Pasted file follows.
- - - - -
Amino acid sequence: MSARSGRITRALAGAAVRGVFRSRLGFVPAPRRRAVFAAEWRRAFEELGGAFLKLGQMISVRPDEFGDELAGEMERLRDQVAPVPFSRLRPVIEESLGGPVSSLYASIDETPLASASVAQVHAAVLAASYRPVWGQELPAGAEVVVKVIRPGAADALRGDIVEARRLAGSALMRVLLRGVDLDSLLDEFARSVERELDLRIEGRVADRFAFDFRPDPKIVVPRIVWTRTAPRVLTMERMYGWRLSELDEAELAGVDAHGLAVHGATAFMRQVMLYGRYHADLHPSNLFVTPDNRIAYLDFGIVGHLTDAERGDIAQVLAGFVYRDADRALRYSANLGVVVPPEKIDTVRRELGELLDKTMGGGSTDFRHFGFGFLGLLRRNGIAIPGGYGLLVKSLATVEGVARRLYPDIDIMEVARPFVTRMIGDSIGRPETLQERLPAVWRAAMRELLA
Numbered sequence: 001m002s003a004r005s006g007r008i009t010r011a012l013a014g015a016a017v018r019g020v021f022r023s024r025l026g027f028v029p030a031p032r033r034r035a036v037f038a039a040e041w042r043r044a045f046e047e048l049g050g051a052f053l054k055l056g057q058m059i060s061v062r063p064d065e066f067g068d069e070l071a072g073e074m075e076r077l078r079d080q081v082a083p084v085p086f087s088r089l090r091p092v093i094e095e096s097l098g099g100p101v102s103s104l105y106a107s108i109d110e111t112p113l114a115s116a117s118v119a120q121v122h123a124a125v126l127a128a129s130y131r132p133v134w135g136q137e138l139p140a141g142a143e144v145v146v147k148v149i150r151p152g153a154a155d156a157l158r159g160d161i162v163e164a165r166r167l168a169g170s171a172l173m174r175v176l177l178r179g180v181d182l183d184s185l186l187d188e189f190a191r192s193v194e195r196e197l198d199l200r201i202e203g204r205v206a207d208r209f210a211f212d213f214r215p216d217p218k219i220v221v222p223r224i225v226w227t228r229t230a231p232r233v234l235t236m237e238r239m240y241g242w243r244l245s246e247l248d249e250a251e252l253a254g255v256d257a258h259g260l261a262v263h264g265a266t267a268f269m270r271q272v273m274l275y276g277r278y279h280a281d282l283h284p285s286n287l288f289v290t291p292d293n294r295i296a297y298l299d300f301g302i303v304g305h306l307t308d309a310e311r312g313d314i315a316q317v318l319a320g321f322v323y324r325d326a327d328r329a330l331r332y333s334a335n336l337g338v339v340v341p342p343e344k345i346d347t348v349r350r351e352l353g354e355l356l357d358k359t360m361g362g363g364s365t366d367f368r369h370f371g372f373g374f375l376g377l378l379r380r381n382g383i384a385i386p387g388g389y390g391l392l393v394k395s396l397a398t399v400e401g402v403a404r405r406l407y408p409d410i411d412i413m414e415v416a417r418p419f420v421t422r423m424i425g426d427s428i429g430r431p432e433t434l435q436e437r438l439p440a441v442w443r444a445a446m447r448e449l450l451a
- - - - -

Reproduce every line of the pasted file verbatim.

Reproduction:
Amino acid sequence: MSARSGRITRALAGAAVRGVFRSRLGFVPAPRRRAVFAAEWRRAFEELGGAFLKLGQMISVRPDEFGDELAGEMERLRDQVAPVPFSRLRPVIEESLGGPVSSLYASIDETPLASASVAQVHAAVLAASYRPVWGQELPAGAEVVVKVIRPGAADALRGDIVEARRLAGSALMRVLLRGVDLDSLLDEFARSVERELDLRIEGRVADRFAFDFRPDPKIVVPRIVWTRTAPRVLTMERMYGWRLSELDEAELAGVDAHGLAVHGATAFMRQVMLYGRYHADLHPSNLFVTPDNRIAYLDFGIVGHLTDAERGDIAQVLAGFVYRDADRALRYSANLGVVVPPEKIDTVRRELGELLDKTMGGGSTDFRHFGFGFLGLLRRNGIAIPGGYGLLVKSLATVEGVARRLYPDIDIMEVARPFVTRMIGDSIGRPETLQERLPAVWRAAMRELLA
Numbered sequence: 001m002s003a004r005s006g007r008i009t010r011a012l013a014g015a016a017v018r019g020v021f022r023s024r025l026g027f028v029p030a031p032r033r034r035a036v037f038a039a040e041w042r043r044a045f046e047e048l049g050g051a052f053l054k055l056g057q058m059i060s061v062r063p064d065e066f067g068d069e070l071a072g073e074m075e076r077l078r079d080q081v082a083p084v085p086f087s088r089l090r091p092v093i094e095e096s097l098g099g100p101v102s103s104l105y106a107s108i109d110e111t112p113l114a115s116a117s118v119a120q121v122h123a124a125v126l127a128a129s130y131r132p133v134w135g136q137e138l139p140a141g142a143e144v145v146v147k148v149i150r151p152g153a154a155d156a157l158r159g160d161i162v163e164a165r166r167l168a169g170s171a172l173m174r175v176l177l178r179g180v181d182l183d184s185l186l187d188e189f190a191r192s193v194e195r196e197l198d199l200r201i202e203g204r205v206a207d208r209f210a211f212d213f214r215p216d217p218k219i220v221v222p223r224i225v226w227t228r229t230a231p232r233v234l235t236m237e238r239m240y241g242w243r244l245s246e247l248d249e250a251e252l253a254g255v256d257a258h259g260l261a262v263h264g265a266t267a268f269m270r271q272v273m274l275y276g277r278y279h280a281d282l283h284p285s286n287l288f289v290t291p292d293n294r295i296a297y298l299d300f301g302i303v304g305h306l307t308d309a310e311r312g313d314i315a316q317v318l319a320g321f322v323y324r325d326a327d328r329a330l331r332y333s334a335n336l337g338v339v340v341p342p343e344k345i346d347t348v349r350r351e352l353g354e355l356l357d358k359t360m361g362g363g364s365t366d367f368r369h370f371g372f373g374f375l376g377l378l379r380r381n382g383i384a385i386p387g388g389y390g391l392l393v394k395s396l397a398t399v400e401g402v403a404r405r406l407y408p409d410i411d412i413m414e415v416a417r418p419f420v421t422r423m424i425g426d427s428i429g430r431p432e433t434l435q436e437r438l439p440a441v442w443r444a445a446m447r448e449l450l451a